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05 December 2016

Going Going Gone – Autumn Statement 2016: Key Tax Measures

Frequently Asked Business Question:

I have read that last week’s Autumn Statement may be the last and the government are changing the timetable of future Finance Acts. Why is this and what does this mean for my business?

Top Tip:

From a tax point of view, the most exciting announcement of last week’s Autumn Statement was probably that this will be the last one. One of the reasons for this change is to allow Finance Bills to be introduced with sufficient time for Parliament to scrutinise any proposed tax changes and to reach Royal Assent during the following spring and before the start of the new tax year. There will be a transitional Budget in spring 2017 followed by a Finance Bill to get Royal Assent at the normal mid-July date. After a summer off, there will be another Budget in the autumn with the subsequent Finance Act 2018 to receive Royal Assent before the start of the 2018–19 tax year.

The legislative cycle will then begin with publication of draft clauses for Finance Bill 2019 in summer 2018, a Budget in the autumn and Royal Assent to Finance Act 2019 in the first quarter of 2019.

Concentrating all tax changes on a single event makes a lot of sense and should help give business some of the tax certainty it craves. Also, the new timetable allows longer for consulting on draft clauses which could make that a more meaningful process than it sometimes is at present.

It is important to note that this assumes business as usual on the political front in 2017 (a noteworthy assumption in itself given talk of elections). Going forward, the revised timetable will fit better with May elections and so make the two Budgets/two Finance Acts scenario less likely.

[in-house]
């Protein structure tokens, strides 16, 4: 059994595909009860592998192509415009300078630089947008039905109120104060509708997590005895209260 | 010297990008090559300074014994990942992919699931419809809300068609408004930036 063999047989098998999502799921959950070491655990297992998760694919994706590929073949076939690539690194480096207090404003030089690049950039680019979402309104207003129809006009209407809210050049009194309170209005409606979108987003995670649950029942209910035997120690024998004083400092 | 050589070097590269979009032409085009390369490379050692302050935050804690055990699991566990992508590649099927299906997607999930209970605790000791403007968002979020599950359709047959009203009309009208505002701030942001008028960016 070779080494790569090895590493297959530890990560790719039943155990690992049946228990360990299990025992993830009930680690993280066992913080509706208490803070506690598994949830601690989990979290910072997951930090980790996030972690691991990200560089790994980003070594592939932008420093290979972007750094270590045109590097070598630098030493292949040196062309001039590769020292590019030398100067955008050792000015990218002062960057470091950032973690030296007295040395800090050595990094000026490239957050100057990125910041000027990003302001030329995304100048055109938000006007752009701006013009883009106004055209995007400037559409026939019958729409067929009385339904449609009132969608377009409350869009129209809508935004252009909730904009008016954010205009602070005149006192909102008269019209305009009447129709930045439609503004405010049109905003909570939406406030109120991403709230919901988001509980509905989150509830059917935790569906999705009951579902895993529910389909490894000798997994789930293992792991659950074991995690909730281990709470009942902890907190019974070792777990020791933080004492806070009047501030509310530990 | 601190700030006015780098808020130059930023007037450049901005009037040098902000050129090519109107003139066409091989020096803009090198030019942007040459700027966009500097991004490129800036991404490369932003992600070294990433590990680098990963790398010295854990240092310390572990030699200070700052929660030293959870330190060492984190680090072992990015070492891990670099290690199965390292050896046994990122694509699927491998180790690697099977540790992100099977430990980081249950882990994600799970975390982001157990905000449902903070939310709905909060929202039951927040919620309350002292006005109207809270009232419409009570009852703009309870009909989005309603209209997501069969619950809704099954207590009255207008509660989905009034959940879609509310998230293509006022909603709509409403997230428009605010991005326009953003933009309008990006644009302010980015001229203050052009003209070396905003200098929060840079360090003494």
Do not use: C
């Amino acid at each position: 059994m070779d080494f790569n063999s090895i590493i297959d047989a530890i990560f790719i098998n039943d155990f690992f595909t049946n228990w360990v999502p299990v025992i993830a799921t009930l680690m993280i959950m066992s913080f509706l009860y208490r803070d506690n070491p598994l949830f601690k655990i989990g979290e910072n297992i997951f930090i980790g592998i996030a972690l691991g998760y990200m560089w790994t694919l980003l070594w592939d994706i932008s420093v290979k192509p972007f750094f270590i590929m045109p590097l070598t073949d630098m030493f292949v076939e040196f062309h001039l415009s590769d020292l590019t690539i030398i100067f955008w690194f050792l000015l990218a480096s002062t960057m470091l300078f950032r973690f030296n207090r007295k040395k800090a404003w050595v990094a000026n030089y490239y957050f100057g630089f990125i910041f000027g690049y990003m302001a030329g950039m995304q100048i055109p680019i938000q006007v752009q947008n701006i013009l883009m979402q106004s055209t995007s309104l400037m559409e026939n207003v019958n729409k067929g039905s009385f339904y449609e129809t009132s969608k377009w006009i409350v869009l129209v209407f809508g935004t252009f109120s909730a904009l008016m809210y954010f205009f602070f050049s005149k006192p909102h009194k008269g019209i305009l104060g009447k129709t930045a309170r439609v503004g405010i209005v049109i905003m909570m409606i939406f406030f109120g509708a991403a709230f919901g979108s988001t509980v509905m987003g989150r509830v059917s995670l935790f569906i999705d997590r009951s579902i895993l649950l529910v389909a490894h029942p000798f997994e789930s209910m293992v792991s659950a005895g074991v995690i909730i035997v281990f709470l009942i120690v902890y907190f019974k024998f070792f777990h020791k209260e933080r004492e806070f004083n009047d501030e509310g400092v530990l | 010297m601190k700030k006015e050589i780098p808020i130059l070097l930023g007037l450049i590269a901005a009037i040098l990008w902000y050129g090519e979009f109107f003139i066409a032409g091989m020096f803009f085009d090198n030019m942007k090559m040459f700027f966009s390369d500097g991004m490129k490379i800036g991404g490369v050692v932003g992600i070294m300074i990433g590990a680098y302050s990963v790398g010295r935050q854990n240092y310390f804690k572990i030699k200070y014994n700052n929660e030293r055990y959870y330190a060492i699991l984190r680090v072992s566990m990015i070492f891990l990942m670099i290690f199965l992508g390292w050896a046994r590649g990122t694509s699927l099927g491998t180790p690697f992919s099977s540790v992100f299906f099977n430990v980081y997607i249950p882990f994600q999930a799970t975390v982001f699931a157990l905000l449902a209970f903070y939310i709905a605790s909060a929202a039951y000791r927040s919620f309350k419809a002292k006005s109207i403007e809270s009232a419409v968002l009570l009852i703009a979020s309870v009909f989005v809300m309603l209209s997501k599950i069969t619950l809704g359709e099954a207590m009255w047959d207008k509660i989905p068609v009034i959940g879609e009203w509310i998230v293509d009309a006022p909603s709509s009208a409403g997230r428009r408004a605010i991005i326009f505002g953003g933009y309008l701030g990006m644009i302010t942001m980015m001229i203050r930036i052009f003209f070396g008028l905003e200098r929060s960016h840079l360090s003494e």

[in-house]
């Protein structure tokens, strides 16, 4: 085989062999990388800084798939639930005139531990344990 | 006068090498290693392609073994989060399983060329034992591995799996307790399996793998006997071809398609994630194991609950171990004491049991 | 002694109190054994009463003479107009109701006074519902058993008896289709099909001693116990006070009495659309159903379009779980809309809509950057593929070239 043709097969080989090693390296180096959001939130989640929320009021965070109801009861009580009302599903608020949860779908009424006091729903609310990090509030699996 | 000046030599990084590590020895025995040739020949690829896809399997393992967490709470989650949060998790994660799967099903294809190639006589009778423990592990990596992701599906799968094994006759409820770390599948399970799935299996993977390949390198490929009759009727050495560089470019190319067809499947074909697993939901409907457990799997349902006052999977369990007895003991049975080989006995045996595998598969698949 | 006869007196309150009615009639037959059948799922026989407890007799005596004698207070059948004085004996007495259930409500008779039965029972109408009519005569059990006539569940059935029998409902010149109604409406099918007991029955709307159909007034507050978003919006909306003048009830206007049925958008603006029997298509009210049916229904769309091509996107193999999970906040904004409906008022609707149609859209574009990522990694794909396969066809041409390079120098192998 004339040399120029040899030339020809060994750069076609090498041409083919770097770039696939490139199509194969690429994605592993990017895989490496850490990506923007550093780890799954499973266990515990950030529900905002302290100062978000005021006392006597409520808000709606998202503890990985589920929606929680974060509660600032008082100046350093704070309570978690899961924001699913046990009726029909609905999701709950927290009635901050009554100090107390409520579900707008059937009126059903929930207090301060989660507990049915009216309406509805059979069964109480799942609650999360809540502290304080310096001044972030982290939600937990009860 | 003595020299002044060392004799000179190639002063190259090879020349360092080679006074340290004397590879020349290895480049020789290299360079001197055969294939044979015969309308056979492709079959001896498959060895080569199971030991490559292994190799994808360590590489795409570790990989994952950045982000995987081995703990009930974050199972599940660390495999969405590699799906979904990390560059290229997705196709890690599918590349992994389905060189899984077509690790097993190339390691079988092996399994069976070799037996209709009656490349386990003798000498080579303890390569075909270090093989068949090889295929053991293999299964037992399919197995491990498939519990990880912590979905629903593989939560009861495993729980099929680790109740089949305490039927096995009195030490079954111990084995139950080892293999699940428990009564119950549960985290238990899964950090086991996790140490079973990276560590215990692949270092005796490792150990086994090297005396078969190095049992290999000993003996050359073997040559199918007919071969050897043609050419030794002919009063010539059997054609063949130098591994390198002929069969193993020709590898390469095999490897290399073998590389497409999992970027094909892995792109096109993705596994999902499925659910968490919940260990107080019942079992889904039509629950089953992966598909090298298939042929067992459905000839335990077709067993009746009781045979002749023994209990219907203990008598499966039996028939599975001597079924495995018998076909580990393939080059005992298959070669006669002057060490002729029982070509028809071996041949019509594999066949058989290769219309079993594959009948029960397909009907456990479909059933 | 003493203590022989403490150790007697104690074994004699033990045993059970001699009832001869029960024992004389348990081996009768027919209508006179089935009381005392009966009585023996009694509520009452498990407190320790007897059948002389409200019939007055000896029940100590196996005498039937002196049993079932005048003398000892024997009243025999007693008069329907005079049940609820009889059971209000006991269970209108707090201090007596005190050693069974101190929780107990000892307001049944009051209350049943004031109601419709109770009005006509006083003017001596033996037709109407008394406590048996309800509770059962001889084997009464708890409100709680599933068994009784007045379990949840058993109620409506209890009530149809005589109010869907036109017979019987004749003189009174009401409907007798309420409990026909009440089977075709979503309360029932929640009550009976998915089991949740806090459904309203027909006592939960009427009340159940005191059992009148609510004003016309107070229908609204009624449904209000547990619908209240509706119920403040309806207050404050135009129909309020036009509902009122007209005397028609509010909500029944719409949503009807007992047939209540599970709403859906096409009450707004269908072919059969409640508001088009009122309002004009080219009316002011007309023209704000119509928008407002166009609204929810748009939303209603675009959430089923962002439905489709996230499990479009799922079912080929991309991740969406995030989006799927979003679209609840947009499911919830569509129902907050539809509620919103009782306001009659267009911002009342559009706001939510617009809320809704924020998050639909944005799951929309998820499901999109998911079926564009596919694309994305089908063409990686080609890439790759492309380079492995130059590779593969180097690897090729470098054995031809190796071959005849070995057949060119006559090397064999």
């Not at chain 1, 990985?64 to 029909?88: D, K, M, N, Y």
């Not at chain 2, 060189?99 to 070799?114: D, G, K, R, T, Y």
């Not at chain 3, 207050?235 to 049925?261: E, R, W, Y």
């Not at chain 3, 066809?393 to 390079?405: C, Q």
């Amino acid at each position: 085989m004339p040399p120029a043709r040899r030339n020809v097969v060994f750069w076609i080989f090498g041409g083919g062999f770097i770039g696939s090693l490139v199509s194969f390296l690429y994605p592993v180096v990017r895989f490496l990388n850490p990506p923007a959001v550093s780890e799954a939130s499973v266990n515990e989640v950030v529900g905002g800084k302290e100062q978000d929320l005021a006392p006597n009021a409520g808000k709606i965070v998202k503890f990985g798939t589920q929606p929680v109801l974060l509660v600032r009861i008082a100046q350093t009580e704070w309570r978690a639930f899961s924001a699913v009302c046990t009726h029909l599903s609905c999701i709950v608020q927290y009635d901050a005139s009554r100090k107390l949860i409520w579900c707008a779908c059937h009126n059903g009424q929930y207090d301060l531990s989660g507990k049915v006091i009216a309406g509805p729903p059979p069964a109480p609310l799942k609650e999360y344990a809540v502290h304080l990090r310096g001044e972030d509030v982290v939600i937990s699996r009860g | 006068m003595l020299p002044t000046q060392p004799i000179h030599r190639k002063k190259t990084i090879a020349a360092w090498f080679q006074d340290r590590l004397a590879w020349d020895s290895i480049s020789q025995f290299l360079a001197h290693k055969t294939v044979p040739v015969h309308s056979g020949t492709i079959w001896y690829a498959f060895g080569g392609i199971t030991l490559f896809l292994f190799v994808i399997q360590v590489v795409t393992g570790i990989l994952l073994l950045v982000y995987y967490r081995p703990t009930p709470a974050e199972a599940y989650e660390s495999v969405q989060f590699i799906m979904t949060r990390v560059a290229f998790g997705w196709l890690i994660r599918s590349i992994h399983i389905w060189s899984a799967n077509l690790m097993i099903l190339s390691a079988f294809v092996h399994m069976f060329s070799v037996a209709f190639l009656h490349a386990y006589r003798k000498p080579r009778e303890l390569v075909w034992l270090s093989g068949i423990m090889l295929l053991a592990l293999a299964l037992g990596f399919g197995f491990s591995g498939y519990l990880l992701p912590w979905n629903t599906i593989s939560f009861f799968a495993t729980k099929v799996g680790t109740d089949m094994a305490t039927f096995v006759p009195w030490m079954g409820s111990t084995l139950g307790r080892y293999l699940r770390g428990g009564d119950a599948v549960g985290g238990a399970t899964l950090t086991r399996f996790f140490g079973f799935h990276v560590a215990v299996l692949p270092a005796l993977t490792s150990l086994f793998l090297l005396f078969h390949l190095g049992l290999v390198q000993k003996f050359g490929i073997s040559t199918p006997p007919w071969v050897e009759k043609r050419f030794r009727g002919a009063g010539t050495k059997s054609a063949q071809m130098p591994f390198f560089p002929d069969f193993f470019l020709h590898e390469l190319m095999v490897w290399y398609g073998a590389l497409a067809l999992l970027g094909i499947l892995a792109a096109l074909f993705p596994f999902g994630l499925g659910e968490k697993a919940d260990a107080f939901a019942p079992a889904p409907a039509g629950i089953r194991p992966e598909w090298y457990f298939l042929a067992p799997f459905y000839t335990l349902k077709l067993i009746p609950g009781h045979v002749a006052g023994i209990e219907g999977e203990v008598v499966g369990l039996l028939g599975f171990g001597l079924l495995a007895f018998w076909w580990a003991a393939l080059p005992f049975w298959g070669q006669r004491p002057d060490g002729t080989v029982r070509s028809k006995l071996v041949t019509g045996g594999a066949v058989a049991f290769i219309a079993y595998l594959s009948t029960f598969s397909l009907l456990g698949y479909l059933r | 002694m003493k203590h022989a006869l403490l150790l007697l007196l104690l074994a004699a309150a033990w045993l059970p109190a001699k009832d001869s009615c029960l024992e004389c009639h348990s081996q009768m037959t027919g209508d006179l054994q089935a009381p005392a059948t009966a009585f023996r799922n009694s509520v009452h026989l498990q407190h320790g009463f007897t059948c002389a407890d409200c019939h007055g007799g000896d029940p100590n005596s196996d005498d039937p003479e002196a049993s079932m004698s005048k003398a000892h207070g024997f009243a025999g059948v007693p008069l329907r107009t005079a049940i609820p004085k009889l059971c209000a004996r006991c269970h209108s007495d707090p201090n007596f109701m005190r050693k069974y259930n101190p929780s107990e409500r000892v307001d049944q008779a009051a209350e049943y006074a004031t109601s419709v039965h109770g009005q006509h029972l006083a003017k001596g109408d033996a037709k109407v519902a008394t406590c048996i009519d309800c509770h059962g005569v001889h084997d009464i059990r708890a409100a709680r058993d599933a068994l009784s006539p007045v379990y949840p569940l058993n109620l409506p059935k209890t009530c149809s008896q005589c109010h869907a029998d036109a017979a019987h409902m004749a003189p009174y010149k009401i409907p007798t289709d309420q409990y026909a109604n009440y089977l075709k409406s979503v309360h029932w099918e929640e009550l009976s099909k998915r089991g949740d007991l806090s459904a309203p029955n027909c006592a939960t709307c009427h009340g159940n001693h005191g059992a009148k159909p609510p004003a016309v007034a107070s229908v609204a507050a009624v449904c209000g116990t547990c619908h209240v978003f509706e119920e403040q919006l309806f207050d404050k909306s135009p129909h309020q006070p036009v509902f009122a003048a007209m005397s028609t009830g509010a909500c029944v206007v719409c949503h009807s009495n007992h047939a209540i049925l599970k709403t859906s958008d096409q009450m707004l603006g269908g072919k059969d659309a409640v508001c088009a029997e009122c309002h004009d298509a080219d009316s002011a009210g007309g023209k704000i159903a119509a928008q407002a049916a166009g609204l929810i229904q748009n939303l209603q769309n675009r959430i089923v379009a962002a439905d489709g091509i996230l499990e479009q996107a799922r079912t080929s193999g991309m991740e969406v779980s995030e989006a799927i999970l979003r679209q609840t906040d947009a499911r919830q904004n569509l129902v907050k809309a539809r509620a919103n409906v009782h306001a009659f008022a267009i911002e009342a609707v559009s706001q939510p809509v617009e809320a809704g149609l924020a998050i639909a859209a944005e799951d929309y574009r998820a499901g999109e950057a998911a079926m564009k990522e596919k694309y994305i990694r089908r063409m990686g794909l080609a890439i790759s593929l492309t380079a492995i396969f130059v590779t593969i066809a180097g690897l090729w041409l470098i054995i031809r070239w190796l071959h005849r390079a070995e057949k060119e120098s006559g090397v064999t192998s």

The Chancellor gave a clue to his intention to downgrade the Autumn Statement by studiously keeping tax changes in this one to a minimum. Philip Hammond confirmed that previously announced changes would happen pretty much as announced. So he will continue to follow the business tax roadmap with a corporation tax rate of 17% for financial year 2020, favourable regime for the oil and gas industries and changes to the business rate transitional relief cap which are apparently ‘complicated – but it’s good news’. Some interesting developments are:

  • The intention to align employer and employee NIC thresholds from April 2017
  • A personal allowance of £12,500 and higher rate threshold of £50,000 by 2020
  • A review of non-cash payments by employers to their employees
  • The introduction of 100% first year allowances for electric car charge-points

With just the publication of the draft clauses for the Finance Bill 2017 (scheduled for 5 December) to come, we are nearly at the end of a very busy tax year. Unless of course you have Scottish connections – the Scottish Government will be delivering its Budget on 15 December!

For more information and/or assistance, please contact our Tax Team who will be pleased to help you.

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The advice in this column is specific to the facts surrounding the questions posed.  Neither FPM nor the contributors accept any liability for any direct or indirect loss arising from any reliance placed on replies.

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